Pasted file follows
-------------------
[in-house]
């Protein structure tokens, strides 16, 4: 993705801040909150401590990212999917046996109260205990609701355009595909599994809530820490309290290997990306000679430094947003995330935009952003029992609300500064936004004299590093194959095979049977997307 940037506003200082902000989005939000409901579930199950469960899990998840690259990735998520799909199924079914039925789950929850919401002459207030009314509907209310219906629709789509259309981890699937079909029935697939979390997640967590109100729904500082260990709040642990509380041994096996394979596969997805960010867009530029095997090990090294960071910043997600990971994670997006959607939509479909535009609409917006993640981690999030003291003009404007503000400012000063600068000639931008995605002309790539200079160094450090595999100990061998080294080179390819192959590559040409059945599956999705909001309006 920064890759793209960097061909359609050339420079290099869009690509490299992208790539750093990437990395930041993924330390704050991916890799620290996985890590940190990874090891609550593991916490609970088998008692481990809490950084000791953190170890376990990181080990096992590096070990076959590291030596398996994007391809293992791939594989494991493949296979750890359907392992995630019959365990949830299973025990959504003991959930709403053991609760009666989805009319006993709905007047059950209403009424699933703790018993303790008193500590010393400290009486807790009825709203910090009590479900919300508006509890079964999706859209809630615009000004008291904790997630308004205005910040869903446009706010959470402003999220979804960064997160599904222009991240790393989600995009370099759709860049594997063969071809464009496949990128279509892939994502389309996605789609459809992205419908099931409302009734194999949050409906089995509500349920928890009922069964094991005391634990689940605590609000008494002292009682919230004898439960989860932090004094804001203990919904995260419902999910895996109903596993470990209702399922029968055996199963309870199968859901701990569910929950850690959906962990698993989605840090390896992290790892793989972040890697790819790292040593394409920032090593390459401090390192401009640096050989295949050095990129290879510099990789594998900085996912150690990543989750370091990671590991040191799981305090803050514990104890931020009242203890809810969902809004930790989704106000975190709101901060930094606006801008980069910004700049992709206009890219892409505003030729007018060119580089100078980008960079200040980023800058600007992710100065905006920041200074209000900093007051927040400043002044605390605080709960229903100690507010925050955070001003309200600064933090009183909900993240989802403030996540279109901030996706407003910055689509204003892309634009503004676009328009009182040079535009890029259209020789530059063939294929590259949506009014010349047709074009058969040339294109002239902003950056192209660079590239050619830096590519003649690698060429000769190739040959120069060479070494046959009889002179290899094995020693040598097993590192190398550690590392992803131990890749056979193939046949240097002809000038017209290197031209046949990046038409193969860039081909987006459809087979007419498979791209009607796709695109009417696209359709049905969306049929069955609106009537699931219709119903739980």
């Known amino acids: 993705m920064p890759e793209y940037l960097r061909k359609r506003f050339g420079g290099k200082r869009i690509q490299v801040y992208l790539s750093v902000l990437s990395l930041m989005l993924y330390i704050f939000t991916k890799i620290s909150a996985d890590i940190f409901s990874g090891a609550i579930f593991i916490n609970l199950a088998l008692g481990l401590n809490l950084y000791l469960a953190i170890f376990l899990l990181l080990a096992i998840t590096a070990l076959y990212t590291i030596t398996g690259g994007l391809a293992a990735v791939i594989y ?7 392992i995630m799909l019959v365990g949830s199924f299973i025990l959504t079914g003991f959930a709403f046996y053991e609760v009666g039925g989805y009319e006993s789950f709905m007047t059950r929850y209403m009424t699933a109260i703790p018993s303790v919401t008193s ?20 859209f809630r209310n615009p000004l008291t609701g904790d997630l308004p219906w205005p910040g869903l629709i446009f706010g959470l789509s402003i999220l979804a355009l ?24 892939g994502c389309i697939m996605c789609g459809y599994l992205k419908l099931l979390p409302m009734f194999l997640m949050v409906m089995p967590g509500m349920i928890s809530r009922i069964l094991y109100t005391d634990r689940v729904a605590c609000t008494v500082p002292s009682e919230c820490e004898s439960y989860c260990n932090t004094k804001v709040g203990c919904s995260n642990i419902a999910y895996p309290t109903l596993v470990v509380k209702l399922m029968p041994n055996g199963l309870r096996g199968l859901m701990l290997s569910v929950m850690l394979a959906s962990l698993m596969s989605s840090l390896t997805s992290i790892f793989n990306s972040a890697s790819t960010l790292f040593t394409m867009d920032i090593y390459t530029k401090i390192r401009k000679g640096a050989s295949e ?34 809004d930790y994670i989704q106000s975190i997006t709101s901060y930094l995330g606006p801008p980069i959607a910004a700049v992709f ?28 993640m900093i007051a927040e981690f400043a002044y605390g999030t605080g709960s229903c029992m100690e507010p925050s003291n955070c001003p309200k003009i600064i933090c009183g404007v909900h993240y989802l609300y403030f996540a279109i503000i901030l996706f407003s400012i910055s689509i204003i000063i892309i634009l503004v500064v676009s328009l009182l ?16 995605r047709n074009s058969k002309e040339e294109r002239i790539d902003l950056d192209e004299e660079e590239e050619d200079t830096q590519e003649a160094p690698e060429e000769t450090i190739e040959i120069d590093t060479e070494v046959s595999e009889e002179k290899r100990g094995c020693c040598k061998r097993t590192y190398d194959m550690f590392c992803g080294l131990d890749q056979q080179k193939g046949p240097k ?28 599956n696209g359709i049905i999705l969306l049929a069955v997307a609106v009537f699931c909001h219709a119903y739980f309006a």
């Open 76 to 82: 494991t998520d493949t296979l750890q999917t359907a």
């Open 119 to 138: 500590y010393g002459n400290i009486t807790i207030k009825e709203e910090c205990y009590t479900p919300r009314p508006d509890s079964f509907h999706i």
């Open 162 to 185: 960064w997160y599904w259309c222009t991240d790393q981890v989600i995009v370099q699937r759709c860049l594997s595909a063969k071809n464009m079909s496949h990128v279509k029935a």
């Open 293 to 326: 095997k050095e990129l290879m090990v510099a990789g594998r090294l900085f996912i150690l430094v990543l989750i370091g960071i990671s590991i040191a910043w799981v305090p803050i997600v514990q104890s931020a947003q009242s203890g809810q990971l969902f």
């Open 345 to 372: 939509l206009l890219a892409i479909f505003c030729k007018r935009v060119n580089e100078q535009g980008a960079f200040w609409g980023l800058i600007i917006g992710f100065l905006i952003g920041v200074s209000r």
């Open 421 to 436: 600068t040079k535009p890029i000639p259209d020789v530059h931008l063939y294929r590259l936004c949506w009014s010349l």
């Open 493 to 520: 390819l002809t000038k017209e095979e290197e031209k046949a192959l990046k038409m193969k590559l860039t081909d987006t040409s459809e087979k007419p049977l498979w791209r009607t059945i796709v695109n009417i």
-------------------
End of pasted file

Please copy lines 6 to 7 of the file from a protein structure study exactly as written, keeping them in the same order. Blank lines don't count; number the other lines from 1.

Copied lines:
């Open 162 to 185: 960064w997160y599904w259309c222009t991240d790393q981890v989600i995009v370099q699937r759709c860049l594997s595909a063969k071809n464009m079909s496949h990128v279509k029935a």
């Open 293 to 326: 095997k050095e990129l290879m090990v510099a990789g594998r090294l900085f996912i150690l430094v990543l989750i370091g960071i990671s590991i040191a910043w799981v305090p803050i997600v514990q104890s931020a947003q009242s203890g809810q990971l969902f």